There’s a number of reasons for this. For starters, the only people who like digital distribution are Sony and the consumers (the ones that don’t seem to think that DD is the Devil, anyway). And NIS America, who are pretty cool about DD (we got a price cut on Holy Invasion of Privacy, Badman! along with the switch to DD-only, and they put most of their catalog on sale for the PSP Go’s launch). For most developers, though, DD is an inconvenience: there’s a reason why Sony has publicly stated that third-party developers will not be required in any way to make future games available on the Go. Sony holds the keys to the DD gateway, and developers have to pay them to get their games out in the Store. That hasn’t stopped certain big-name titles from materializing – Dissidia: Final Fantasy, for one, nearly two months after its UMD release (and over a month after the Go’s launch) – but while being able to carry around an entire game library on a single Memory Stick is the kind of power that gets addictive after a while, it’s things like this that greedy executives would rather we all just forget about. Especially the ones running the retail end of the industry, who are more than a bit reluctant to stock what amounts to the instrument of their impending doom.
The retailers smile and nod and carry PSP Go systems and PSN Cards, but only because Sony has to go out of its way to keep them happy. Think of this: PSN games don’t require manuals, packaging or media, so that’d mean they could charge less for them, right? Wrong. While there are some games that are available for cheaper than retail, new games from here on out will be priced exactly the same as their retail counterparts. DD may outperform physical media in every respect except for the potential for resale value, but the choice to go DD isn’t quite as clear-cut if the two versions sell for the exact same price. And when the retail version sells with extras such as preorder bonuses and soundtracks that the DD version has no chance of having…well, odds are you’re going to buy the version that gives you more. (Yeah, I’ll admit it. It was learning that Persona was going to cost $40 on PSN despite not having the retail version’s soundtrack that soured me on the whole “DD-only” thing.)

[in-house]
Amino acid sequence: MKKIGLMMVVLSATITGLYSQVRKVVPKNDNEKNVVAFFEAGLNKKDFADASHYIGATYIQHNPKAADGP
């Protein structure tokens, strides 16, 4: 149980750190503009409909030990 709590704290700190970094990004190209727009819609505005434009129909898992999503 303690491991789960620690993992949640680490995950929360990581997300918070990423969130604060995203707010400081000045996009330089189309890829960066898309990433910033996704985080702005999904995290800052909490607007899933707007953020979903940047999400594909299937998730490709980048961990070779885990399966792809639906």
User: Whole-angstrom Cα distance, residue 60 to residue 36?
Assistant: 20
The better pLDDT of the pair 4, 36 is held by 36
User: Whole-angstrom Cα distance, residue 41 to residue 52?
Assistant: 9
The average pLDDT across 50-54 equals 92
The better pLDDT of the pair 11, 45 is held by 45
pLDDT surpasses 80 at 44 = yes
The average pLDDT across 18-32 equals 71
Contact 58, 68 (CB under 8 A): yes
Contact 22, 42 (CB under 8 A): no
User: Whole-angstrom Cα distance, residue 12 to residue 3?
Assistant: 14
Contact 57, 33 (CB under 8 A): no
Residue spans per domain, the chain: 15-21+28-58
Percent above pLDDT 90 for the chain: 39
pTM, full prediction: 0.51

Not that I’m saying that a PSP Go is a bad thing to have. If all the games you want are available right now on the Store, and you don’t mind waiting months for new releases, and you have $250 to spare on a new handheld, then there’s really no reason not to opt for the Go. Heck, Sony may have reneged on its promise to let us upgrade our UMD libraries to DD, but if you have a UMD-based PSP already and the money to spend, the sleeker, slightly more portable Go might make a nice counterpart rather than a replacement to the PSP you already have (remember, you can tie up to five systems to the same PSN account). But if you’re looking into getting a PSP, or upgrading an existing model, then you need to weigh the facts. Odds are, you’re never going to have access to the entire PSP library, and the third-party devs will drag their feet getting their big-name titles out for it. Sony is the only party here who’s excited for the Go, and how excited you should be depends on how much leeway you’re willing to give them. Me? I wouldn’t mind getting a Go myself, but if I’m going to spend money on an actual upgrade for my PSP, I’m pretty sure I’d be better off getting a 3000 model.